The weather has been way too hot for the usual dose of summer reading. So take these next two posts as summer-but-maybe-fall suggestions. The first read is the new issue of Canada’s History formerly The Beaver. You can read here Christopher Moore’s description of the many worthwhile articles especially his commentary on David O’Keefe’s vigorous essay on the reasons for the Dieppe Raid and why it failed.
Moore’s own column in Canada’s History argues that Canadians, especially governments, need to listen to the voices of Indigenous historians. He also reiterates the importance of acknowledging treaty obligations if we are to follow the recommendations of the Truth and Reconciliation Commission. “Real reconciliation,” writes Moore, “depends on Indigenous people being able to run their own affairs and to control the resources that make that possible.”
One fascinating Canada’s History article that Moore does not describe is Rachel Poliquin’s exploration of the mythology and fantasies about the beaver. I had no idea that the beaver supposedly would escape a hunter by biting off its testicles and that this led early Christian moralists to praise it as a model of chastity and prudence. The Canadian myth of the beaver’s dedication to hard work was different but no less moralistic as it was used by various writers to encourage virtues such as obedience to the Seigneur in New France or fidelity in marriage.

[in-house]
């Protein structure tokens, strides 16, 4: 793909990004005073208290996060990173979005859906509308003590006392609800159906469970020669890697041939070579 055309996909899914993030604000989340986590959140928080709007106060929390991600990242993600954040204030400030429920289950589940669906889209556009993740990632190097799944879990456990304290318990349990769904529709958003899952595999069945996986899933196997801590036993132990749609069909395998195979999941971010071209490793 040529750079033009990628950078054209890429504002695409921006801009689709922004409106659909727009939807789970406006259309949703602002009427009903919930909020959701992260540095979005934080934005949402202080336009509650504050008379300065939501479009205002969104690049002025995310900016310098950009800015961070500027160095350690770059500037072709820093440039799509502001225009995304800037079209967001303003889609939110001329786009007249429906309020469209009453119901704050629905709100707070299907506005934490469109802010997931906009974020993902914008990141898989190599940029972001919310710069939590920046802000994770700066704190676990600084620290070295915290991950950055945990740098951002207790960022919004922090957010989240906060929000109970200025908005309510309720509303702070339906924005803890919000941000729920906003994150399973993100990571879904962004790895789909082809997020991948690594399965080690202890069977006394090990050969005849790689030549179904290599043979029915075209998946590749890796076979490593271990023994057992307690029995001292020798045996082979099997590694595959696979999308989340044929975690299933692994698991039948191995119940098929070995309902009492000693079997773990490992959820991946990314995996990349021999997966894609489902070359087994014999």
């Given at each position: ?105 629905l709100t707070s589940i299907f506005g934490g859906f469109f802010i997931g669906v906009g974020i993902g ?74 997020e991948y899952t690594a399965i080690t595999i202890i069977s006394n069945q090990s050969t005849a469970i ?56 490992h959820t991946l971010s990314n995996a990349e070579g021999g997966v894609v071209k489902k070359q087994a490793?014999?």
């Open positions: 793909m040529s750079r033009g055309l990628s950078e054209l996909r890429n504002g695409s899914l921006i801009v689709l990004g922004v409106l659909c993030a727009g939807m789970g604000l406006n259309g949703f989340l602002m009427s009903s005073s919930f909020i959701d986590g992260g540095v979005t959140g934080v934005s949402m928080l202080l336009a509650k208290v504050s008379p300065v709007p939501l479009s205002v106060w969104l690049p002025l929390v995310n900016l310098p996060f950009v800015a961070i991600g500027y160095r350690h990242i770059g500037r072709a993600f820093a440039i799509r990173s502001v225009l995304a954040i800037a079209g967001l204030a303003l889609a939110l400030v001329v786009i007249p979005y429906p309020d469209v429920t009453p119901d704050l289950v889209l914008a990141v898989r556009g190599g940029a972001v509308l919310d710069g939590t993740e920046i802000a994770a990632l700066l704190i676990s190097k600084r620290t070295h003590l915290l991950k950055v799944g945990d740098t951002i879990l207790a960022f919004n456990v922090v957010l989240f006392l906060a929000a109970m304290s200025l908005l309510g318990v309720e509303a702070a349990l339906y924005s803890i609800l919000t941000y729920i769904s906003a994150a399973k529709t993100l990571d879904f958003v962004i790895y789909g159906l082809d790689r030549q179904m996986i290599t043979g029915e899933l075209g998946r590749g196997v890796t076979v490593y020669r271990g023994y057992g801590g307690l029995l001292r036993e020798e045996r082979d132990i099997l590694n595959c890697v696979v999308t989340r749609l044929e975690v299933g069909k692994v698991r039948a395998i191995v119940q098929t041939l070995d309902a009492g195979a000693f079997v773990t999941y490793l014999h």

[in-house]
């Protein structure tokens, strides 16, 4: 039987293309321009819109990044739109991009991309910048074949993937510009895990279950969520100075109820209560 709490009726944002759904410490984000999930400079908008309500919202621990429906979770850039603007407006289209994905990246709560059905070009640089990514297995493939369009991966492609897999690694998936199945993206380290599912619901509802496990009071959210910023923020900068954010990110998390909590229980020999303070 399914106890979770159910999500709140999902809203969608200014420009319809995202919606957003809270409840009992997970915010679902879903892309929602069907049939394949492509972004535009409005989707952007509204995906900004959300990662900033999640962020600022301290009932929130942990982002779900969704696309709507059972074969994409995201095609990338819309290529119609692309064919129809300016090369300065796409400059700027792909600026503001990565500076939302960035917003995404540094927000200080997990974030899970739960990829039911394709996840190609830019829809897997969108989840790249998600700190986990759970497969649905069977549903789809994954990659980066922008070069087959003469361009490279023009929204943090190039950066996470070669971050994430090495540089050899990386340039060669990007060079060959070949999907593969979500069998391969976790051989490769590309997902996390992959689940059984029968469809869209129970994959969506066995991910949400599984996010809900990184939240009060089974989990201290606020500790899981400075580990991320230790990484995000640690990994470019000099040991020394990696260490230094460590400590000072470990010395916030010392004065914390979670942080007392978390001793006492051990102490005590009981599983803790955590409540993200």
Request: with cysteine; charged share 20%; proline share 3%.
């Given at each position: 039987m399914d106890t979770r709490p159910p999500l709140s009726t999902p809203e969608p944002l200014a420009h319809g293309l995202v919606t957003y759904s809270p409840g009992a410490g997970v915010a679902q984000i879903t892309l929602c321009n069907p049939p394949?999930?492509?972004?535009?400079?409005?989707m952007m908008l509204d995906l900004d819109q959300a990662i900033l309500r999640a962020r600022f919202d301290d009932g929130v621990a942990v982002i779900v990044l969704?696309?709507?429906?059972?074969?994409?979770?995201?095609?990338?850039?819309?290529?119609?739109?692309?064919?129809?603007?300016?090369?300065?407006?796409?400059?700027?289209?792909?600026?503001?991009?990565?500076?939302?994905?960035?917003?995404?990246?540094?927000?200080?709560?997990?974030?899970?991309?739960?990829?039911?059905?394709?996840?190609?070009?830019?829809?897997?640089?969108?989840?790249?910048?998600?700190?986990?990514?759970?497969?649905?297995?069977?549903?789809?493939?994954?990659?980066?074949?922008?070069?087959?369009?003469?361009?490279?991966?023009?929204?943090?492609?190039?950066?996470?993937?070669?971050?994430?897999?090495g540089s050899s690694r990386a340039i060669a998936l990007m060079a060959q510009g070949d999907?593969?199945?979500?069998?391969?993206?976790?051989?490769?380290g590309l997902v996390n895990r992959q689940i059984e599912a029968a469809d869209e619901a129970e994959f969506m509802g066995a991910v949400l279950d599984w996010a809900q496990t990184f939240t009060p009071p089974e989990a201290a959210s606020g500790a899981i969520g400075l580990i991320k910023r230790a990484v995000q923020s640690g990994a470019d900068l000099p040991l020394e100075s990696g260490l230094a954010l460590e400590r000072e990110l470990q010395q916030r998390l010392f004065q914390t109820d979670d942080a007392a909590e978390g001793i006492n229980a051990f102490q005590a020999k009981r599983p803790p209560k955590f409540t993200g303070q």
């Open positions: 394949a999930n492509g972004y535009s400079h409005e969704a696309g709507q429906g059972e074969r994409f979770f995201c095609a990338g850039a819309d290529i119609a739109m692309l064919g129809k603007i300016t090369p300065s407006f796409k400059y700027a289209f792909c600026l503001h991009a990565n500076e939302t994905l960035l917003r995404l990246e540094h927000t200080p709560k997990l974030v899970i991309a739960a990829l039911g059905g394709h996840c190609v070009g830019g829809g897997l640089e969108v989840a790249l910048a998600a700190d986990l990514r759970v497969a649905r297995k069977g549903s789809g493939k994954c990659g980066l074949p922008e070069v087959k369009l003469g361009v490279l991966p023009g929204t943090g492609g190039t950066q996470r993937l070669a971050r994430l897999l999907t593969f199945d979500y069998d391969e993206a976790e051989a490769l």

The magazine cover continues to note its former name as The Beaver. The entire catalogue of back issues of The Beaver is now available online — for free — via a new mobile-responsive Archive. Users can browse some 90+ years of issues. The search engine will launch in the fall.
Canada’s History continues to be an essential read for all teachers of Canadian history. Subscribe here.